Conservation Corner

Janice D. Boyd

Abstract


MEET THE SCARLET MACAW

The Scarlet Macaw (Ara macao) is arguably one of the most beautiful birds in the world, and certainly one of the most successful members of the parrot family. Historically it could be found ranging from Mexico through Central America down into the Amazon Basin of South America to Argentina. Because of their beauty and intelligence they have been in demand as pets and as religious symbols for Native Americans for thousands of years.

But beauty and intelligence, as well as the relentless expansion of human populations into their ancestral lands, have led to their decline in the wild. Taking of their nestlings for the burgeoning pet trade decimated their young. Felling of the forests for timber and to make way for people, crops, and livestock decimated the flocks themselves. Where they once were commonly seen clinging on fruiting trees like huge red, blue, and yellow flowers, there is now only an occasional Rrrraaak heard or a flying pair seen. Is there hope for this beautiful symbol of the natural world? Fortunately, despite the challenges, dedicated conservationists and bird lovers from many countries are working to preserve this species and the environment in which they live.

Scarlet Macaws are large birds, some measuring almost a meter long, half of that being their long pointed red tails. They can weigh a kilogram or more. Recent genetic studies have confirmed that the scarlet macaws found in northern Central America, now called Ara macao cyanoptera, are a different subspecies from those found in southern Central America and South America, the southern population maintaining the historical name Ara macao macao. Ara macao cyanoptera can be found in Mexico, Guatemala, Belize, Honduras and Nicaragua and is a bright orange-red bird with yellow and blue feathers on its wings, with bare white skin patches on its face. The South American Scarlet Macaw is also red with white face patches but it often has a narrow green bar between the yellow and blue on the wings. It is generally smaller than the Central American subspecies. But these are just the extremes; to most people they look pretty much the same, and in places such as Costa Rica and Panama the macaws belong genetically to the South American variety but they look very much like the birds further north.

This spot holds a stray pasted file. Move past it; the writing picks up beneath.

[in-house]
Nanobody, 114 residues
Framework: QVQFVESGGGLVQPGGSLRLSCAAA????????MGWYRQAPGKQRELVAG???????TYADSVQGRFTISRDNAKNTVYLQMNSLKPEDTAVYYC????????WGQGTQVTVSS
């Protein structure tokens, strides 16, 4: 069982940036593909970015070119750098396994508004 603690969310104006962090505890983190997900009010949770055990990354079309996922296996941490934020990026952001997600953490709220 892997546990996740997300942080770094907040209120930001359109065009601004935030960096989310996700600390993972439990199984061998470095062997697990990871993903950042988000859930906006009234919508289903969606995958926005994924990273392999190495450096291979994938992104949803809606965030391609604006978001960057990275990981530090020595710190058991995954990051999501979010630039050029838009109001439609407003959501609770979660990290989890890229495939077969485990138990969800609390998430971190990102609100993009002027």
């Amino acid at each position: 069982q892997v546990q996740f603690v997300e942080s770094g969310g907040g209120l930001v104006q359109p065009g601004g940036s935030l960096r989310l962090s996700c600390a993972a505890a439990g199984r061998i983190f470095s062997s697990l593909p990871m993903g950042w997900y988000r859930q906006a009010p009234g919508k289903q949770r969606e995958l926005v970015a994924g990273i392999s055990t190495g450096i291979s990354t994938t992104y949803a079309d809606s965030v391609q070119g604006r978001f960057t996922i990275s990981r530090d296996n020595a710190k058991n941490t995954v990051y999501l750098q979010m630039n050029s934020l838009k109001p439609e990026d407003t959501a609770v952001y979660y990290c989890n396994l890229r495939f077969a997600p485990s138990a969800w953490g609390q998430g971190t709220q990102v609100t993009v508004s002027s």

Male and female Scarlet Macaws look similar to most people, although there are very subtle differences that experts can use to determine the gender of a specific bird, especially if they are observed in a pair. Macaws and most other birds don't just see in red, green, and blue as people do. They are "tetrachromats"-they see in four colors: red, green, blue and ultraviolet. So two birds that look identical in our "trichromatic" vision may look very different to another bird who can also see different shades of ultraviolet. Some studies on budgies, the common household parakeet, have shown that male and female budgies are easily distinguished in the ultraviolet spectrum.

Scarlet Macaws in captivity typically reach reproductive maturity at about four years of age, but in the wild they probably mature physiologically a few years later, perhaps at six or seven years. It may then take a pair several years of practice before they learn how to raise chicks successfully in the dangerous and highly variable wild environment. Successful pairs usually form long-lasting pair bonds, but it is not clear that macaws "mate for life," as some authors suggest. For one thing, life in the wild is dangerous, even though macaws typically feed high in the forest canopy in small groups and with multiple eyes on the lookout for predators. Large raptors such as black and white hawk eagles and harpy eagles are known to kill macaws. The false vampire bat may kill macaws at night while they are roosting, and a Capuchin or White-faced Monkey may catch the occasional unwary macaw. This can mean that a mate may well fall victim to a predator or to an accident.

Based on re-bonding observed in captivity, scientists now believe that the surviving macaw quickly tries to find another mate. In some cases a breeding pair may decide they don't want to stay together anymore and split up and look for other mates. This happens especially with young pairs that are not successful in raising chicks even after several years of trying. The T ambopata Research Project rescued and raised two chicks that originally paired with wild mates. After several years, they both" divorced" their wild mates and formed a pair together. Is a "common background" helpful for successful pairing in macaws?

During the non-breeding season scarlet macaws congregate in fairly large mixed-age flocks, but during the breeding season the mature adults pair off and become territorial, defending their nests in tree cavities where they lay one to four white eggs. The female incubates, leaving the eggs for short periods to feed or be fed by her mate. After about 28 days the eggs hatch and both parents share the duties of feeding the chicks. Generally only one or two chicks survive to fledge (fly from the nest), even though more may hatch.

 

 


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